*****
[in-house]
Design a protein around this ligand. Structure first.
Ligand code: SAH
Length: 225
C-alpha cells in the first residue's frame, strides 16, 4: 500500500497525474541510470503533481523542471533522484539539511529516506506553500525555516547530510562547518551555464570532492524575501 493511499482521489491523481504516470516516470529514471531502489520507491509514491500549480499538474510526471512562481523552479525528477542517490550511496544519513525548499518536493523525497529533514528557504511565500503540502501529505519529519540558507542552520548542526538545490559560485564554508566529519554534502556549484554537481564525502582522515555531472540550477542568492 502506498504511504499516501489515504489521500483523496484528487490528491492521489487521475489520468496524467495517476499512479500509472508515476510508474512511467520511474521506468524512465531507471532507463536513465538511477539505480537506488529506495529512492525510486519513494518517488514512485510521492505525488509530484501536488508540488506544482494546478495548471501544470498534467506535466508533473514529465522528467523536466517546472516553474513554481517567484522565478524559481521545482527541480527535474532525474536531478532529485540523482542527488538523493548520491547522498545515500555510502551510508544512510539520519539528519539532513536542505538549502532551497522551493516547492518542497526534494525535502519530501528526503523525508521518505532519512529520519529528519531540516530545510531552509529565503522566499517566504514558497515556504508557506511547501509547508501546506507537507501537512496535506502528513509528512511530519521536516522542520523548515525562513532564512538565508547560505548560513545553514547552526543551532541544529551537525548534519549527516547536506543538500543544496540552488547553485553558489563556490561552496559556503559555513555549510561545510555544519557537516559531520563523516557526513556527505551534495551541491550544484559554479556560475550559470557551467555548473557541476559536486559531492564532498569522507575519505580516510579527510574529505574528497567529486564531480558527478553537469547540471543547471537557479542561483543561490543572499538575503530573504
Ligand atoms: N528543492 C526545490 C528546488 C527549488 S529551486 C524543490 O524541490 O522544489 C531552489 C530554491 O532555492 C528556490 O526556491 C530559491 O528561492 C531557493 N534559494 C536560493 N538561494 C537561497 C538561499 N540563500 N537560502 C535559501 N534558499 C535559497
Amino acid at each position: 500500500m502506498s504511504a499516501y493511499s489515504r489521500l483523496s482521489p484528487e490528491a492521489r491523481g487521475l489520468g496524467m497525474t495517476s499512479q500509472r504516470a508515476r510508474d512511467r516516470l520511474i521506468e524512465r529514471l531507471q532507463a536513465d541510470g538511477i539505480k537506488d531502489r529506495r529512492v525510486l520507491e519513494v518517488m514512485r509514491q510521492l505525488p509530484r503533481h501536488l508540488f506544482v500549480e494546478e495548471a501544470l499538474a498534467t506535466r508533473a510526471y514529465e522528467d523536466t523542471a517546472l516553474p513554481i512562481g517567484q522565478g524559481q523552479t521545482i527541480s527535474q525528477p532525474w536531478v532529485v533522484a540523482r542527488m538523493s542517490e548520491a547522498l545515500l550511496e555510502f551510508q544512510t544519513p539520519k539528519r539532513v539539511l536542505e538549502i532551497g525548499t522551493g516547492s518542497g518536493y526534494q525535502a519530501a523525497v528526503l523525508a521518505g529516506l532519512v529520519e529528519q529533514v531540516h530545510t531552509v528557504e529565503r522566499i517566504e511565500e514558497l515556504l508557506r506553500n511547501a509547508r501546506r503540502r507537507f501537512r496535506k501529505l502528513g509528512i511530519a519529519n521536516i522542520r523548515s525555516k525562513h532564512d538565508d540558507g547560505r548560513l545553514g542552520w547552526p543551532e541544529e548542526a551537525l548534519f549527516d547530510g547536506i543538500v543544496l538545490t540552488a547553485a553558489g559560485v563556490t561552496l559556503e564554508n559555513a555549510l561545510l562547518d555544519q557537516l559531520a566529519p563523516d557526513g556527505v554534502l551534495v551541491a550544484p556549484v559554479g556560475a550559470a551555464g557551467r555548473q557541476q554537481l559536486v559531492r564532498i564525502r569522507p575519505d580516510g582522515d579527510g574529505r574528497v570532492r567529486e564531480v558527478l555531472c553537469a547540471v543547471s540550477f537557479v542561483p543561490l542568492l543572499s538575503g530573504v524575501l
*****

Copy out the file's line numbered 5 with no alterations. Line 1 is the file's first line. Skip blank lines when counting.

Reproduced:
C-alpha cells in the first residue's frame, strides 16, 4: 500500500497525474541510470503533481523542471533522484539539511529516506506553500525555516547530510562547518551555464570532492524575501 493511499482521489491523481504516470516516470529514471531502489520507491509514491500549480499538474510526471512562481523552479525528477542517490550511496544519513525548499518536493523525497529533514528557504511565500503540502501529505519529519540558507542552520548542526538545490559560485564554508566529519554534502556549484554537481564525502582522515555531472540550477542568492 502506498504511504499516501489515504489521500483523496484528487490528491492521489487521475489520468496524467495517476499512479500509472508515476510508474512511467520511474521506468524512465531507471532507463536513465538511477539505480537506488529506495529512492525510486519513494518517488514512485510521492505525488509530484501536488508540488506544482494546478495548471501544470498534467506535466508533473514529465522528467523536466517546472516553474513554481517567484522565478524559481521545482527541480527535474532525474536531478532529485540523482542527488538523493548520491547522498545515500555510502551510508544512510539520519539528519539532513536542505538549502532551497522551493516547492518542497526534494525535502519530501528526503523525508521518505532519512529520519529528519531540516530545510531552509529565503522566499517566504514558497515556504508557506511547501509547508501546506507537507501537512496535506502528513509528512511530519521536516522542520523548515525562513532564512538565508547560505548560513545553514547552526543551532541544529551537525548534519549527516547536506543538500543544496540552488547553485553558489563556490561552496559556503559555513555549510561545510555544519557537516559531520563523516557526513556527505551534495551541491550544484559554479556560475550559470557551467555548473557541476559536486559531492564532498569522507575519505580516510579527510574529505574528497567529486564531480558527478553537469547540471543547471537557479542561483543561490543572499538575503530573504